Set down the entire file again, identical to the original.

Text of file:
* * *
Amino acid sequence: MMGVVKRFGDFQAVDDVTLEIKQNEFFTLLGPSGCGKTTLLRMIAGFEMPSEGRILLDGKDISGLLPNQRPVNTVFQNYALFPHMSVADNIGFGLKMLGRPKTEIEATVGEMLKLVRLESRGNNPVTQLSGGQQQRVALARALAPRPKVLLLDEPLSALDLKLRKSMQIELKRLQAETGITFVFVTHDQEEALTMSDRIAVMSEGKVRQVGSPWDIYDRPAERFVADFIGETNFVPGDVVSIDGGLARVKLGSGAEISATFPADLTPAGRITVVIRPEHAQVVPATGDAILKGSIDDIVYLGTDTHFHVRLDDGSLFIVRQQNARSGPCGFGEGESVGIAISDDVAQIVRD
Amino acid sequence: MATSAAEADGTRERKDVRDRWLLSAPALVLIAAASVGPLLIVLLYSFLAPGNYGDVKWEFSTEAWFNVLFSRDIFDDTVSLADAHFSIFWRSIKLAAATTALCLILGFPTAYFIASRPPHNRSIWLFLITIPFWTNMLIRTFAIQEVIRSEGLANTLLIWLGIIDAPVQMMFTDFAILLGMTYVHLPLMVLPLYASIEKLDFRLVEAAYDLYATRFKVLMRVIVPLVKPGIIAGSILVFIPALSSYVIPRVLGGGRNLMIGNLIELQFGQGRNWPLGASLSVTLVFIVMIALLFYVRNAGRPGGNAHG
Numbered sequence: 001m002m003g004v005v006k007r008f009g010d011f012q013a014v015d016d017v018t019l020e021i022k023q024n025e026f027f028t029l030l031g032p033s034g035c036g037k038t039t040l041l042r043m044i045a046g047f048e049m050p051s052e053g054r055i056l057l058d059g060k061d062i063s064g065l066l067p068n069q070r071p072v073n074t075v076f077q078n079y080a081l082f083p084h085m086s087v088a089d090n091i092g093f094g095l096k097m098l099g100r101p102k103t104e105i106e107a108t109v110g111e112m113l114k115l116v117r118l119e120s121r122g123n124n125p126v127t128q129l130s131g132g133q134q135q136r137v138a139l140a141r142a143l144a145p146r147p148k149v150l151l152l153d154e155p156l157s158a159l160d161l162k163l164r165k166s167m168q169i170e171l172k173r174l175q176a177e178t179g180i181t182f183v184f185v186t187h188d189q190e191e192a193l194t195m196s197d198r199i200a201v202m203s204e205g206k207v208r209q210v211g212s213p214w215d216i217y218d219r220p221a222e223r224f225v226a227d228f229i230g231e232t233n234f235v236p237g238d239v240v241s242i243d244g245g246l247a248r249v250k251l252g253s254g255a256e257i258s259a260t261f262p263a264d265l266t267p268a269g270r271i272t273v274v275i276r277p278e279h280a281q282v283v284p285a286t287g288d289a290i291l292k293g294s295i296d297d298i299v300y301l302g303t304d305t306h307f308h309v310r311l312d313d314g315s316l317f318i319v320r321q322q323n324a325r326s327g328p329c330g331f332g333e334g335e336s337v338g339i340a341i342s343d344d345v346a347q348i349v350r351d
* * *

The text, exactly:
Amino acid sequence: MMGVVKRFGDFQAVDDVTLEIKQNEFFTLLGPSGCGKTTLLRMIAGFEMPSEGRILLDGKDISGLLPNQRPVNTVFQNYALFPHMSVADNIGFGLKMLGRPKTEIEATVGEMLKLVRLESRGNNPVTQLSGGQQQRVALARALAPRPKVLLLDEPLSALDLKLRKSMQIELKRLQAETGITFVFVTHDQEEALTMSDRIAVMSEGKVRQVGSPWDIYDRPAERFVADFIGETNFVPGDVVSIDGGLARVKLGSGAEISATFPADLTPAGRITVVIRPEHAQVVPATGDAILKGSIDDIVYLGTDTHFHVRLDDGSLFIVRQQNARSGPCGFGEGESVGIAISDDVAQIVRD
Amino acid sequence: MATSAAEADGTRERKDVRDRWLLSAPALVLIAAASVGPLLIVLLYSFLAPGNYGDVKWEFSTEAWFNVLFSRDIFDDTVSLADAHFSIFWRSIKLAAATTALCLILGFPTAYFIASRPPHNRSIWLFLITIPFWTNMLIRTFAIQEVIRSEGLANTLLIWLGIIDAPVQMMFTDFAILLGMTYVHLPLMVLPLYASIEKLDFRLVEAAYDLYATRFKVLMRVIVPLVKPGIIAGSILVFIPALSSYVIPRVLGGGRNLMIGNLIELQFGQGRNWPLGASLSVTLVFIVMIALLFYVRNAGRPGGNAHG
Numbered sequence: 001m002m003g004v005v006k007r008f009g010d011f012q013a014v015d016d017v018t019l020e021i022k023q024n025e026f027f028t029l030l031g032p033s034g035c036g037k038t039t040l041l042r043m044i045a046g047f048e049m050p051s052e053g054r055i056l057l058d059g060k061d062i063s064g065l066l067p068n069q070r071p072v073n074t075v076f077q078n079y080a081l082f083p084h085m086s087v088a089d090n091i092g093f094g095l096k097m098l099g100r101p102k103t104e105i106e107a108t109v110g111e112m113l114k115l116v117r118l119e120s121r122g123n124n125p126v127t128q129l130s131g132g133q134q135q136r137v138a139l140a141r142a143l144a145p146r147p148k149v150l151l152l153d154e155p156l157s158a159l160d161l162k163l164r165k166s167m168q169i170e171l172k173r174l175q176a177e178t179g180i181t182f183v184f185v186t187h188d189q190e191e192a193l194t195m196s197d198r199i200a201v202m203s204e205g206k207v208r209q210v211g212s213p214w215d216i217y218d219r220p221a222e223r224f225v226a227d228f229i230g231e232t233n234f235v236p237g238d239v240v241s242i243d244g245g246l247a248r249v250k251l252g253s254g255a256e257i258s259a260t261f262p263a264d265l266t267p268a269g270r271i272t273v274v275i276r277p278e279h280a281q282v283v284p285a286t287g288d289a290i291l292k293g294s295i296d297d298i299v300y301l302g303t304d305t306h307f308h309v310r311l312d313d314g315s316l317f318i319v320r321q322q323n324a325r326s327g328p329c330g331f332g333e334g335e336s337v338g339i340a341i342s343d344d345v346a347q348i349v350r351d